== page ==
Champions

By on June 22, 2016
 (photo David Richard / USA TODAY Sports)

(photo David Richard / USA TODAY Sports)

CHAMPIONS. It’s a word Cleveland sports fans have longed to lay claim to for over 50 years. It’s a word that has escaped their clutches in devastating and (sometimes) embarrassing fashion on multiple occasions. Every fan in Cleveland can rattle off the heartbreaking moments: Red-Right 88, The Shot, The Fumble, The Drive, The Save, The Move, The Decision. These words stir emotion in the people who have lived through the events that have defined the city for a half century.

The Mistake by the Lake is a nickname Cleveland earned by failing to take pride in itself. In 1969, the Cuyahoga River caught fire due to excessive pollution. That’s right; we are the city that set its own river on fire! Awesome, right? Yet, the greatest effect that came out of this disaster is that it set the wheels in motion for the entire country to reevaluate how we care for our waterways and environment.

And like that embarrassing event, fans of the Indians, Browns and Cavaliers have created a bond between all of us that makes us protective of our hometown teams. We defend and take pride in our teams, even in their most terrible moments. You can stroll through an airport in just about any city, at any time of day and shout O-H and surely receive an I-O in return. There are Browns Backer bars strewn across the country that will, despite the team’s continued futility, still pack in Browns faithful each and every Sunday. Year after year, Cleveland fans have bonded through disaster, heartache, disappointment and failure. Our teams were the easy target, the butt of the joke; but the worst part of our suffering, was when we would meet someone and tell them we’re from Cleveland and they would have pity in their eyes…because they knew we hurt.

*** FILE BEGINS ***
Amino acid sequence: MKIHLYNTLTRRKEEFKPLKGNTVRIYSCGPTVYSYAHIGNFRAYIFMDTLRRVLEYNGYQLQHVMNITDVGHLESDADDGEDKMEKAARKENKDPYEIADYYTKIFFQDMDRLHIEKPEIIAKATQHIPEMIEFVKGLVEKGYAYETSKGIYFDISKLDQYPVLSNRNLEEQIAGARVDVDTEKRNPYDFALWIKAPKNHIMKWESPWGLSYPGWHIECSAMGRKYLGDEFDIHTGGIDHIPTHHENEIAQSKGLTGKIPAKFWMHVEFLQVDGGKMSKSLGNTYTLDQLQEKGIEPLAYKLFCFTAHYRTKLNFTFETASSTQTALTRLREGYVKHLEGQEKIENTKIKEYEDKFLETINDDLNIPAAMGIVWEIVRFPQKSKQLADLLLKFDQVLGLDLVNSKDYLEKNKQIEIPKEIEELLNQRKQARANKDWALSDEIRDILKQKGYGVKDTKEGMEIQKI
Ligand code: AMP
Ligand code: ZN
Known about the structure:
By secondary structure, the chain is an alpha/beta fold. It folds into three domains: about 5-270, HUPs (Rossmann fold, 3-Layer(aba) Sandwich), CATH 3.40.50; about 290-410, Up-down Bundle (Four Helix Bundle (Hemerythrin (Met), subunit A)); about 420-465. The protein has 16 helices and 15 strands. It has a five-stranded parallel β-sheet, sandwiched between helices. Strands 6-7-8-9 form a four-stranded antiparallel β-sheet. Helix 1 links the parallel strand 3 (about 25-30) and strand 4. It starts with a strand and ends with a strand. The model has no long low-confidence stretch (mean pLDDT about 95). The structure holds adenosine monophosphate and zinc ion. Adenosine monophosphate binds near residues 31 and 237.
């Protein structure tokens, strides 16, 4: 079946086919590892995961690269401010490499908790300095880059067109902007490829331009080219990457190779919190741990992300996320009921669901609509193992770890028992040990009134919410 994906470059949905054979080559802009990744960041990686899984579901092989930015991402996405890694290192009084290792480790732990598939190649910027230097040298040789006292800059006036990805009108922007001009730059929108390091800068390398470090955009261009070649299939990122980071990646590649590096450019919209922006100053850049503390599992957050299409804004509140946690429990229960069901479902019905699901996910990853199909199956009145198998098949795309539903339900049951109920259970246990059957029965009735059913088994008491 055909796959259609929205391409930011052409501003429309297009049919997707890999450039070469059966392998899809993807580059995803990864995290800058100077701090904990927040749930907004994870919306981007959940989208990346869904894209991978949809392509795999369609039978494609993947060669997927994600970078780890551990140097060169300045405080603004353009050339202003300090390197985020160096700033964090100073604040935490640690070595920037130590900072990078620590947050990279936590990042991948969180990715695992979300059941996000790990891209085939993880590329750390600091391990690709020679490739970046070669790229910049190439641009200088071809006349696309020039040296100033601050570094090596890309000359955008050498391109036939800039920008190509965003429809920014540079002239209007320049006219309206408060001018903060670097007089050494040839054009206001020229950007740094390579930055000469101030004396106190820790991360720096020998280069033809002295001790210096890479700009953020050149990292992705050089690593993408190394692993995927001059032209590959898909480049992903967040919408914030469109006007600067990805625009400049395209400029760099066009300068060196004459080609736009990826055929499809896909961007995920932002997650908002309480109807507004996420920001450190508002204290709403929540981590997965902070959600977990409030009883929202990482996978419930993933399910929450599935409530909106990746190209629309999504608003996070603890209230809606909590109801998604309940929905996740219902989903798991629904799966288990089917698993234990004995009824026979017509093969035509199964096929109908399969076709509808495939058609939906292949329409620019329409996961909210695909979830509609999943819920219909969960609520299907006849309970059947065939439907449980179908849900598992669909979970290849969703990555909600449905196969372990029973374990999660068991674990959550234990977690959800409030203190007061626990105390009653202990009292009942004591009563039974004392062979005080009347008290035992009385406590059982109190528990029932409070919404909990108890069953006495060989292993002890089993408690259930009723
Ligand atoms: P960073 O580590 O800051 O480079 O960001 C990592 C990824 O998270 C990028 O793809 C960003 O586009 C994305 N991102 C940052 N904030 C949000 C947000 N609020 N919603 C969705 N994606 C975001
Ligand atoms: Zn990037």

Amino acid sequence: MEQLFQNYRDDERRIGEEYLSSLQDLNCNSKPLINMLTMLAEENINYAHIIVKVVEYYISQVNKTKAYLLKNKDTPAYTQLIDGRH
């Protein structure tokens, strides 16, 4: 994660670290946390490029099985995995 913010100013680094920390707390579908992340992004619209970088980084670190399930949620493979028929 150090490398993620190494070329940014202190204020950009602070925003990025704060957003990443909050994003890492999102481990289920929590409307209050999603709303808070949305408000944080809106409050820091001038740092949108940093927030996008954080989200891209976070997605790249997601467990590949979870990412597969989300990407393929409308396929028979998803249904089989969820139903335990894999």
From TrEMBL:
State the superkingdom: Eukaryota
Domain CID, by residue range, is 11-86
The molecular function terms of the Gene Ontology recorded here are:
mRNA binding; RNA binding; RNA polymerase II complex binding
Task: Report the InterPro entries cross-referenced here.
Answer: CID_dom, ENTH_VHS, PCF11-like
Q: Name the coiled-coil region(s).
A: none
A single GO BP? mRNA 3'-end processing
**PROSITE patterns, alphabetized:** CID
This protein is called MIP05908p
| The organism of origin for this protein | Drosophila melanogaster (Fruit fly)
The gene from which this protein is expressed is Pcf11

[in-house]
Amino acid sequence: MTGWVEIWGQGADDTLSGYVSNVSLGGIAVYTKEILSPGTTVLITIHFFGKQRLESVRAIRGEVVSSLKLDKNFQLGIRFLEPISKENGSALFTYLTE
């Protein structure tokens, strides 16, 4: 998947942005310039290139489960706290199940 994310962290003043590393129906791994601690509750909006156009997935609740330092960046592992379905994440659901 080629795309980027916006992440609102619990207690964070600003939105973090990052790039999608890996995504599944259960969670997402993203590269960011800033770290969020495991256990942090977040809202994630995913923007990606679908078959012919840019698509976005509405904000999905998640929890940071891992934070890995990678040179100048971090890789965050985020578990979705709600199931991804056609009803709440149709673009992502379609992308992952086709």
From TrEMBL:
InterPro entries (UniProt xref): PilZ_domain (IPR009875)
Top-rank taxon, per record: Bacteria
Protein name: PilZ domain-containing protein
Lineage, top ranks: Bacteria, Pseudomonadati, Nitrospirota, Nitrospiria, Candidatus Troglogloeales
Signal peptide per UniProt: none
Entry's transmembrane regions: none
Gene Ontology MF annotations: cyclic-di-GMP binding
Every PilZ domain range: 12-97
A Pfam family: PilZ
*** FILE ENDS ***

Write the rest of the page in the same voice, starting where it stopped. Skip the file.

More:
My fondest childhood memories were spent watching Sunday afternoon Indians games on my grandfather’s lap. We laughed together and cheered together. He educated me on the rules of the game of baseball and how to play it the right way. He even broadened my vocabulary by introducing me to a few select curse words. My family would often go catch a game at Memorial Stadium, or drive to Cincinnati or Pittsburgh to see the National League play. I don’t remember much about what happened in those particular games, but I do remember the trips. I enjoyed the quality time spent with my mother and father and little brother. Being a fan is not entirely about whether your team wins or loses. It’s also about the memories that are created with the people we love. And yet, there’s a sense of pride that grows out of having invested your time in watching your team reach the ultimate goal of becoming a champion.

I believe the reason so many fans cried when the final horn sounded Sunday night is not simply because Cleveland finally got a championship. I believe it was because each and every one of them had a grandparent, parent, aunt or uncle that they wished were still around to share that moment with. I know that’s why I wept.

As my wife and I stood outside after Game 7 ended, basking in the celebratory fireworks and cheering surrounding my neighborhood, a realization came to me. I realized that nothing has changed for me and my family, and nothing will change for any of the millions of Cleveland sports fans. We will always be the same hard-working, blue-collar town and people that we’ve always been. We will ALWAYS take pride in our people and our city. The real change will be in how we are perceived by the rest of the sports world. We are no longer the laughing stock of professional sports. We are no longer the whipping boy in every major sports league. We are CHAMPIONS.

Categories: Basketball, Featured, Sports
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